While averaging up tends to involve buying increments of half as much as the previous investment – to create the pyramid effect – averaging down doesn’t.
Averaging down tends to involve buying the same number of shares as the original holding, so with an initial holding of 1,000 shares at £10 you might buy another 1,000 shares when the price falls to £5 meaning you now own 2,000 shares with an average cost of £7.50.
But there’s more flexibility with averaging down. Some people buy different volumes, rather than the same quantity each time. The key risk, however, is that you are adding to a losing position when the price has moved against you.
In the long example, if all goes well and the stock rebounds to £15, instead of making a profit of £5 a share on your original investment you will have made £7.50 a share on the combined investment. You would also have started to have made a profit when the price bounced above £7.50 not the £10 of the original investment.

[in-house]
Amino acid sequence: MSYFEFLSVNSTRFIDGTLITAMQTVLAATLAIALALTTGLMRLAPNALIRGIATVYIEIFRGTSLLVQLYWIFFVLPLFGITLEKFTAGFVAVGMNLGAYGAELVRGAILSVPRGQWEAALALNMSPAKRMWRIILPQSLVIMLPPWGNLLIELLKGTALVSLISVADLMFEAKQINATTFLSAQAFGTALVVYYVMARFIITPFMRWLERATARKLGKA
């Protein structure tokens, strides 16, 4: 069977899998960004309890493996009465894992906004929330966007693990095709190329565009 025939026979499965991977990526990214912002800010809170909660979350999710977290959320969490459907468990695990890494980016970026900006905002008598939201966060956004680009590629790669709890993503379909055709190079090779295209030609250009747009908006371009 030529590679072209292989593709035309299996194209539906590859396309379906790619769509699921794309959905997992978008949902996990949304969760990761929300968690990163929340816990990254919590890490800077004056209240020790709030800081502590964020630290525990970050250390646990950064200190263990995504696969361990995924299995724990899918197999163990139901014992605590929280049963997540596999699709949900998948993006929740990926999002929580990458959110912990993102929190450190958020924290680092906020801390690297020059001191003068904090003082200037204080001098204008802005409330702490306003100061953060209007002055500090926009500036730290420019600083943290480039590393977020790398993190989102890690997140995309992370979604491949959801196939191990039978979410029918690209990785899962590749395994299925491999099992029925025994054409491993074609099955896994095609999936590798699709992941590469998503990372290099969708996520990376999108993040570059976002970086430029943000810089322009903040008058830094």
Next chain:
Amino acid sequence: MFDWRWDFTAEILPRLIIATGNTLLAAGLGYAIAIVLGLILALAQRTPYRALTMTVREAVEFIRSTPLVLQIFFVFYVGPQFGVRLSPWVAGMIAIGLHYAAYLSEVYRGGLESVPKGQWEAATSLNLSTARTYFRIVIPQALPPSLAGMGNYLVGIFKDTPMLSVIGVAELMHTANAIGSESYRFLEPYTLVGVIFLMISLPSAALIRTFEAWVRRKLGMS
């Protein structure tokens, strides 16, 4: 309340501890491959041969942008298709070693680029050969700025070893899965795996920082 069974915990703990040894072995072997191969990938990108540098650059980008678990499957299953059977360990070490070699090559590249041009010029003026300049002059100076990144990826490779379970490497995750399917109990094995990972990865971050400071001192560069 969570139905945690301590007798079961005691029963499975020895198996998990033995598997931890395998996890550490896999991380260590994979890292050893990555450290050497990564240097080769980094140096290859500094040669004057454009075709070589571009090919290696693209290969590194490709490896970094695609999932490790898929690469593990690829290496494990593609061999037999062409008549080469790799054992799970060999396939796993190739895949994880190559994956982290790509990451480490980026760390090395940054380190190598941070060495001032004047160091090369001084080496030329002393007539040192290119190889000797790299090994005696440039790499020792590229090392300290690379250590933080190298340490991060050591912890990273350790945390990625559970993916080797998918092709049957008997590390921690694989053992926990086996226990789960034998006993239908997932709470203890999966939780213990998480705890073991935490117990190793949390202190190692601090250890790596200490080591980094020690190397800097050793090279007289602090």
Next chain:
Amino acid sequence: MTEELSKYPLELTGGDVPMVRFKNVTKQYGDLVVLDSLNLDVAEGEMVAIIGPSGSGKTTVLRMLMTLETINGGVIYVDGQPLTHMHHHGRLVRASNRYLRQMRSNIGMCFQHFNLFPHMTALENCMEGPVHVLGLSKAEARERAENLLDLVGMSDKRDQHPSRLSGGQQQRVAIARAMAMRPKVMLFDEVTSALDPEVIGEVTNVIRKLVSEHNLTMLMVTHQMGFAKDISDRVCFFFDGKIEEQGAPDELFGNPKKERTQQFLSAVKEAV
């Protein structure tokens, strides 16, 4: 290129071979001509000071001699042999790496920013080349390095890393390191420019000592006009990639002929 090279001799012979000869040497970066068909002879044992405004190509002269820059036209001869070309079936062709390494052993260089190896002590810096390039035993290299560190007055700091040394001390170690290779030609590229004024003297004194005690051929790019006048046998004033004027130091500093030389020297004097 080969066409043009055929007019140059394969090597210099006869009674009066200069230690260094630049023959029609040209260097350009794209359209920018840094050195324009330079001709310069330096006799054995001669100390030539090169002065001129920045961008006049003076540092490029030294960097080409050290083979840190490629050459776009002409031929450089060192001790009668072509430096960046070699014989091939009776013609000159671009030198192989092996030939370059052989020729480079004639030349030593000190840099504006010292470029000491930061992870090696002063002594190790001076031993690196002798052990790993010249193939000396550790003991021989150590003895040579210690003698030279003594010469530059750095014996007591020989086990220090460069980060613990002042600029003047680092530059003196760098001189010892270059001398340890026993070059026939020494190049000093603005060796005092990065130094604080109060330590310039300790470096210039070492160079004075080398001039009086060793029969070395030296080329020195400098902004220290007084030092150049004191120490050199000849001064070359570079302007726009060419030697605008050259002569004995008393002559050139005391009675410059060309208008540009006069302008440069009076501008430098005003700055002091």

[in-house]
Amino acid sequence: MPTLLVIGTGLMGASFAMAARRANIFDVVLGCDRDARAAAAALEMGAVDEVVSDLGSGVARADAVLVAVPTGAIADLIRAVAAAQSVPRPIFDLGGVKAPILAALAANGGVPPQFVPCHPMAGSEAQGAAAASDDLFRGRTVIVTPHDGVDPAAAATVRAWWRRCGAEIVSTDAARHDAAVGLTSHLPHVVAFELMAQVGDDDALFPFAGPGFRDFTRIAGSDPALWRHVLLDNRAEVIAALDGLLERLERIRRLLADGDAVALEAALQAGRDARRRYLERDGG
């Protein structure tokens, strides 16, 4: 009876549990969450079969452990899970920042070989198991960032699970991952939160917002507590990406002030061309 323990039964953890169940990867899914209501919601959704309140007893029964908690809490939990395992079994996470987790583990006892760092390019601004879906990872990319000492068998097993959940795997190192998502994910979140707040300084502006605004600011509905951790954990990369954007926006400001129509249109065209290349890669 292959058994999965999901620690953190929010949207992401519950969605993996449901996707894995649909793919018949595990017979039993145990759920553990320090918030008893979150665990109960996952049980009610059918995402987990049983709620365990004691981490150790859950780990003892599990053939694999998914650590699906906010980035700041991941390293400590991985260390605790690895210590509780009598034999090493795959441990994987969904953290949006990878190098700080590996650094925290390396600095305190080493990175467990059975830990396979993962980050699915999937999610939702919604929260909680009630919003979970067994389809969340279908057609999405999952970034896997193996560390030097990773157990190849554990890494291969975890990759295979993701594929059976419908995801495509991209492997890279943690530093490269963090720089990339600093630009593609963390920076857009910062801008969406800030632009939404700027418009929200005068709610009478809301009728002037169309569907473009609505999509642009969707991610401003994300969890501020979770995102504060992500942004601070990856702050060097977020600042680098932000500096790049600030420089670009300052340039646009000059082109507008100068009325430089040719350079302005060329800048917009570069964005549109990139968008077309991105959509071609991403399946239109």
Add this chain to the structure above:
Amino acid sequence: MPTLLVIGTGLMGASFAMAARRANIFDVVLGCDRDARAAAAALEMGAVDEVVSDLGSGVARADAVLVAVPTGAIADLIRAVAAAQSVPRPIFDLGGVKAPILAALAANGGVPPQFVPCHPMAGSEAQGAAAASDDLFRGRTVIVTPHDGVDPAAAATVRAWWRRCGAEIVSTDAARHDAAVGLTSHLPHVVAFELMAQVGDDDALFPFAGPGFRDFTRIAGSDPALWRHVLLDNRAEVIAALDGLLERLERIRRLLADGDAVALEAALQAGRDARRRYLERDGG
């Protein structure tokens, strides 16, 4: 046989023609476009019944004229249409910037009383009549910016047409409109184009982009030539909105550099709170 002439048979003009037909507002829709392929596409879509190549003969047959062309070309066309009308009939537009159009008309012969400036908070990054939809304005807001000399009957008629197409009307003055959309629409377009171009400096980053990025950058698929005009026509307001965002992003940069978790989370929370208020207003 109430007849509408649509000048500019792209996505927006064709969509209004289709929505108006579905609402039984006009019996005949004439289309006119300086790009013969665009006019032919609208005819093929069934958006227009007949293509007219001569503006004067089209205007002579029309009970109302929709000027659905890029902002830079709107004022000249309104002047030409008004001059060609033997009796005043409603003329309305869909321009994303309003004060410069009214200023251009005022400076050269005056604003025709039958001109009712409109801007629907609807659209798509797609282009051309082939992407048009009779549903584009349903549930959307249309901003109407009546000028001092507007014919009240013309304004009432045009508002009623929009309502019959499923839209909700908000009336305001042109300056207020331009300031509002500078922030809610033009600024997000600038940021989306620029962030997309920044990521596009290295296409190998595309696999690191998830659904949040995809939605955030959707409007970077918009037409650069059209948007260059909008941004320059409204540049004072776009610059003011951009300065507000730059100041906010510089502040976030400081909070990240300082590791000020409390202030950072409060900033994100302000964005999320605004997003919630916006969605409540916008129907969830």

While Benjamin Graham in the Intelligent Investor said that investors should see downturns as a chance to buy stock at discount prices, averaging down has far fewer fans than averaging up. Especially in intra-day trading.
Averaging down considerations
There are many things to think of before adding more of that stock with the falling price.
First there is the momentum effect, a known trading pattern followed by some key investors. Once a momentum has started, rising share prices tend to keep rising; falling ones tend to keep falling. Adding a stock that has downward momentum may not be sensible.
You have to question whether you are throwing good money after bad and whether there is a better home for your money than buying up more of a stock that is in free fall.